Of course, we’re not above pointing out the fumbles. In the string of: “How to bake a Bundt cake,” “What kind of pan does it take,” and then “How much do those cost,” the actual query Google Assistant searched for the last question was [how much does bundt cake cost].

Just after we finished praising our Assistant for being able to maintain the same subject all the way through our inquiry, we needed it to be able to switch tracks. And it couldn’t. It associated the “those” with our initial Bundt cake subject instead of the most recent noun mentioned (Bundt cake pans).

In another important line of questioning about Bundt cake-baking, “How long will it take” produced the query [how long does it take to take a Bundt cake], while “How long does that take” produced [how long does a Bundt cake take to bake].

They’re the same ask, but our Google Assistant had a harder time parsing which definition of “take” our first sentence was using, spitting out a rather awkward query. Unless we really did want to know how long it’s going to take us to run off with someone’s freshly baked Bundt cake? (Don’t judge us.)

Since Google is likely paying out the wazoo to up the machine learning ante, we expect there to be less awkward failures over time. Which is a good thing, because when we asked about Bundt cake ingredients (“Does it take butter”) we found ourselves looking at a SERP for [how do I bake a butter].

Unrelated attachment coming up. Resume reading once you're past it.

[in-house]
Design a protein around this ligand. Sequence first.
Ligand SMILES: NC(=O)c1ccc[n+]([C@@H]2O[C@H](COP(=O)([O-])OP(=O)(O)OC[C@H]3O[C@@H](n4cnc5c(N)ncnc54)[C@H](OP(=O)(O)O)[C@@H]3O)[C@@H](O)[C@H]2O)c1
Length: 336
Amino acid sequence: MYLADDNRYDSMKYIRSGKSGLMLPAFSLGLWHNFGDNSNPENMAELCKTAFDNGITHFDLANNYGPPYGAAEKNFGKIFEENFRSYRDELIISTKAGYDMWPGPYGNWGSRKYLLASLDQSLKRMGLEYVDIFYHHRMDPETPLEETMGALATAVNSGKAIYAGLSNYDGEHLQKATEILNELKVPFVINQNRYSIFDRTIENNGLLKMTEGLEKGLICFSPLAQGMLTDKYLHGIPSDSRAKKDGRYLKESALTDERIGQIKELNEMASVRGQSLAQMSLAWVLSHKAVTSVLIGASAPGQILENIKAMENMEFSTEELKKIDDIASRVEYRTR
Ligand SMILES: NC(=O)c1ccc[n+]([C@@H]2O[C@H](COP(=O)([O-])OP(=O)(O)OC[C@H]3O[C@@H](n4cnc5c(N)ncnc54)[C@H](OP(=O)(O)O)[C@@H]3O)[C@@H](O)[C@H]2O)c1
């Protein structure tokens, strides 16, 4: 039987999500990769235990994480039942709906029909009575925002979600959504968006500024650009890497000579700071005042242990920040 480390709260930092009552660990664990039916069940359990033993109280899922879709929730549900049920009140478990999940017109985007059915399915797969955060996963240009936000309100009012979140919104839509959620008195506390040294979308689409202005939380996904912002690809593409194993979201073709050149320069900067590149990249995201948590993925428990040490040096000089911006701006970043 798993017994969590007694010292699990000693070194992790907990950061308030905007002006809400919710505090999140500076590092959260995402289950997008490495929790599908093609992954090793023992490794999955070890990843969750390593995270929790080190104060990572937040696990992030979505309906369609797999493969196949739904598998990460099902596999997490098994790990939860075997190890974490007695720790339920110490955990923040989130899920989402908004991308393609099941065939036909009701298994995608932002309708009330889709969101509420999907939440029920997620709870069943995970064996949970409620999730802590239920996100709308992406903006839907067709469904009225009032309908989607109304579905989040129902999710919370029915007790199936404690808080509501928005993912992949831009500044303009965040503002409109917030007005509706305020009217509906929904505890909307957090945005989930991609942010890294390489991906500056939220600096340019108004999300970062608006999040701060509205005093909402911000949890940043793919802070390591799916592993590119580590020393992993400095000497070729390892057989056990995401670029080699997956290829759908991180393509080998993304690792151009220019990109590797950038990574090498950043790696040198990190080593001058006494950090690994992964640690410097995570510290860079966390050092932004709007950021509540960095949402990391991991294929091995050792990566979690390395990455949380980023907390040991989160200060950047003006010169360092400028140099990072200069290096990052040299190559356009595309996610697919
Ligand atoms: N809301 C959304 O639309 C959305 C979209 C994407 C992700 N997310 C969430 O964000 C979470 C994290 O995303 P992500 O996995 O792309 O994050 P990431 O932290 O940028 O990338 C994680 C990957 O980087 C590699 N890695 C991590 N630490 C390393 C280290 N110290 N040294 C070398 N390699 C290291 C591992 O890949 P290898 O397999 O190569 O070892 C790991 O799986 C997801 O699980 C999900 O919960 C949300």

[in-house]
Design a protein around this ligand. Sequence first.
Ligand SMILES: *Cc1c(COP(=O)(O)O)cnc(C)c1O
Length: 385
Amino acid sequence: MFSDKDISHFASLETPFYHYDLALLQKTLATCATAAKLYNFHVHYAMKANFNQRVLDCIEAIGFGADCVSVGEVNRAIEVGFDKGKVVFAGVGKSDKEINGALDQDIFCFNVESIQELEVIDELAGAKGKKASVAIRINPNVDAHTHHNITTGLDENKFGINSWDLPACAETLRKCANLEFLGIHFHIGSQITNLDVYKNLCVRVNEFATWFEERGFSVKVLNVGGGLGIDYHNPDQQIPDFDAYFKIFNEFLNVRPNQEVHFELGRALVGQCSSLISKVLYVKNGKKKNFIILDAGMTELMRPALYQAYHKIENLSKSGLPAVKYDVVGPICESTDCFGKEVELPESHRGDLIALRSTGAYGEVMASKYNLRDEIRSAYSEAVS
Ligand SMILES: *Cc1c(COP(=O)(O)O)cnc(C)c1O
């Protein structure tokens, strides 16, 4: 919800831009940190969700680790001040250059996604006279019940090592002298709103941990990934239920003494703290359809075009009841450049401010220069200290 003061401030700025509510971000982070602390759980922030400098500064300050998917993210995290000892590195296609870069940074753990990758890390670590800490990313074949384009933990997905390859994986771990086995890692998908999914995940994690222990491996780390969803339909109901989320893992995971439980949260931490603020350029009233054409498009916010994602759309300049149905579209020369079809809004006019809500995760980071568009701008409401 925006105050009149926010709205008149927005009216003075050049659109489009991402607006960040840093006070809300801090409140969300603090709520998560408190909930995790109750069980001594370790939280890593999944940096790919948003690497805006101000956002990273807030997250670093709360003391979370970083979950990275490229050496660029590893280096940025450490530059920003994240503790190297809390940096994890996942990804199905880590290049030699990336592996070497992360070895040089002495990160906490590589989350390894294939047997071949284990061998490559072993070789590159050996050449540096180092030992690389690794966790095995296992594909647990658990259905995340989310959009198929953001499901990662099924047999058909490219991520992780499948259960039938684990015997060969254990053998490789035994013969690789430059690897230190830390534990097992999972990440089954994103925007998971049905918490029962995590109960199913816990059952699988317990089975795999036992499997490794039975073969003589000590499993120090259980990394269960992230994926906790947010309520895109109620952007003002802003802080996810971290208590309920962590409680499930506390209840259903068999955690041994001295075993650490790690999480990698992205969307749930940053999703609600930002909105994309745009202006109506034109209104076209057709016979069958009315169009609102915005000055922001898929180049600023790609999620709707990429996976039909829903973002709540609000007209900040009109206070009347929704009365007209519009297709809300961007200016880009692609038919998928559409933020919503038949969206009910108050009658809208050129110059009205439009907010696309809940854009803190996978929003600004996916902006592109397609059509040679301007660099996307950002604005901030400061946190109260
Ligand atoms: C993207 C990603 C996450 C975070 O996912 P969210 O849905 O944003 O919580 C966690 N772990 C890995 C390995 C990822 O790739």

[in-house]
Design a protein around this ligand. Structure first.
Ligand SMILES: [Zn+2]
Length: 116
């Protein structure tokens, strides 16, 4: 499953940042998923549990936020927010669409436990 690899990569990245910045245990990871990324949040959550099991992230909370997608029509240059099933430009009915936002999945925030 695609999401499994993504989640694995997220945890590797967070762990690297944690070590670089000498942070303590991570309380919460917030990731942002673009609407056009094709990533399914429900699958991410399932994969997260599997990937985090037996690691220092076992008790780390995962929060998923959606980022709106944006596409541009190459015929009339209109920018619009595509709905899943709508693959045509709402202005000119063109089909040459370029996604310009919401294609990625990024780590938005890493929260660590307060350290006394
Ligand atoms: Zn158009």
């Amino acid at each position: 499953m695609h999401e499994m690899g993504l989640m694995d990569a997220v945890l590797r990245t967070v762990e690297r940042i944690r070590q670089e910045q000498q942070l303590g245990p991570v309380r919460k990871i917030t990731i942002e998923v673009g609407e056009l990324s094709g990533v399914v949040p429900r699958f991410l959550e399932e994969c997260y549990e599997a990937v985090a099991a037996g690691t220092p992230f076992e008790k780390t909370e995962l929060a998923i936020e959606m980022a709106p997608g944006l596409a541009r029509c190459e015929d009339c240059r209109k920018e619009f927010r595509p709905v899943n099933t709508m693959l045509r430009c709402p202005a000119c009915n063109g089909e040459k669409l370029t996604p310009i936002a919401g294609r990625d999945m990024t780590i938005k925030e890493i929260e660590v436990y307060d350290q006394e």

Not that that doesn’t sound delicious.

Snippets are appearing for different kinds of queries

So, what are we to make of all of this? That we’re essentially in the midst of a natural language renaissance. And that voice search is helping spearhead the charge.

As for what this means for snippets specifically? They’re going to have to show up for human speak-type queries. And wouldn’t you know it, Google is already moving forward with this strategy, and not simply creating more snippets for the same types of queries. We’ve even got proof.

Over the last two years, we’ve seen an increase in the number of words in a query that surfaces a featured snippet. Long-tail queries may be a nuisance and a half, but snippet-having queries are getting longer by the minute.

When we bucket and weight the terms found in those long-tail queries by TF-IDF, we get further proof of voice search’s sway over snippets. The term “how” appears more than any other word and is followed closely by “does,” “to,” “much,” “what,” and “is” — all words that typically compose full sentences and are easier to remove from our typed searches than our spoken ones.

This means that if we want to snag more snippets and help searchers using digital assistants, we need to build out long-tail, natural-sounding keyword lists to track and optimize for.